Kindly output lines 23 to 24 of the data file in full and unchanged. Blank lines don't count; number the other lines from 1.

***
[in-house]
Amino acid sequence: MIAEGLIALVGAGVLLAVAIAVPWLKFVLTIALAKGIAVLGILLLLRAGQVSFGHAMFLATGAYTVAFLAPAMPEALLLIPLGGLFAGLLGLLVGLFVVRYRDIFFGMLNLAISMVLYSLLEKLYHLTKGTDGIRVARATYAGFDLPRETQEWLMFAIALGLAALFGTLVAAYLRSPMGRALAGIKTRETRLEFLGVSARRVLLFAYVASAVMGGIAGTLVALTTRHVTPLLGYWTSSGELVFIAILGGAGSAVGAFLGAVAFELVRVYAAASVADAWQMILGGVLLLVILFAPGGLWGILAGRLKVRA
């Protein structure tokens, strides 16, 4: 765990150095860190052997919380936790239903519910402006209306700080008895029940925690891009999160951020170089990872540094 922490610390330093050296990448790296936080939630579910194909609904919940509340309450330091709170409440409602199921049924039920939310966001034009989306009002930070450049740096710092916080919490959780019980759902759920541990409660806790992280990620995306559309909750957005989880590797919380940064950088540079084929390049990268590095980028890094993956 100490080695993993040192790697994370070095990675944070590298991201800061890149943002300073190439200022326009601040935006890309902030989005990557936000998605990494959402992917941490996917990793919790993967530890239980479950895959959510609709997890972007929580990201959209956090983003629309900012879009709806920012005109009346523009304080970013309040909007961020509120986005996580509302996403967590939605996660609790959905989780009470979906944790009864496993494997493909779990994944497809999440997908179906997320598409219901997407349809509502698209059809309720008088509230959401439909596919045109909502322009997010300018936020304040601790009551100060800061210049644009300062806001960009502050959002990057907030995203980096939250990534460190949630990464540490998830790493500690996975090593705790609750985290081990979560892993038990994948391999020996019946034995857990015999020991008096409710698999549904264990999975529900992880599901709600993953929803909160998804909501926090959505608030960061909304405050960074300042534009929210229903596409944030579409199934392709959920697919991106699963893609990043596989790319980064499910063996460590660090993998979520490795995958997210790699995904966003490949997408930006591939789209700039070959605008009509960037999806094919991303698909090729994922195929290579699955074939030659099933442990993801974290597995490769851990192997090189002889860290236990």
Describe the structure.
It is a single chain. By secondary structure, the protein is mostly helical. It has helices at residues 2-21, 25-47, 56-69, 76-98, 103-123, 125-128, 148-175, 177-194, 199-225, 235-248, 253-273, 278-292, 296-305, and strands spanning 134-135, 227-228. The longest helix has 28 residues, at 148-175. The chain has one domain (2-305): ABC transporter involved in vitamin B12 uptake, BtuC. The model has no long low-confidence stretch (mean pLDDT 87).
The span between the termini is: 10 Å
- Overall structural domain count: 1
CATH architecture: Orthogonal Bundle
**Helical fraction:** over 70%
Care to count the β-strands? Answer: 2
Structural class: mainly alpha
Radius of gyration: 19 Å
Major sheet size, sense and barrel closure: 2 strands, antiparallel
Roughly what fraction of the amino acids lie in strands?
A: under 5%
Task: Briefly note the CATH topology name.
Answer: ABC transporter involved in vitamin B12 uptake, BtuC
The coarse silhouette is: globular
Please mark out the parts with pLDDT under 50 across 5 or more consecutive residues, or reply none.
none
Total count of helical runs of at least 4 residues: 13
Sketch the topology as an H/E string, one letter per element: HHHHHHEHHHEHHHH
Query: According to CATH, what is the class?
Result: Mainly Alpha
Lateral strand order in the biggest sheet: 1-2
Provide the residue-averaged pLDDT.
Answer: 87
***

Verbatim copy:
Query: According to CATH, what is the class?
Result: Mainly Alpha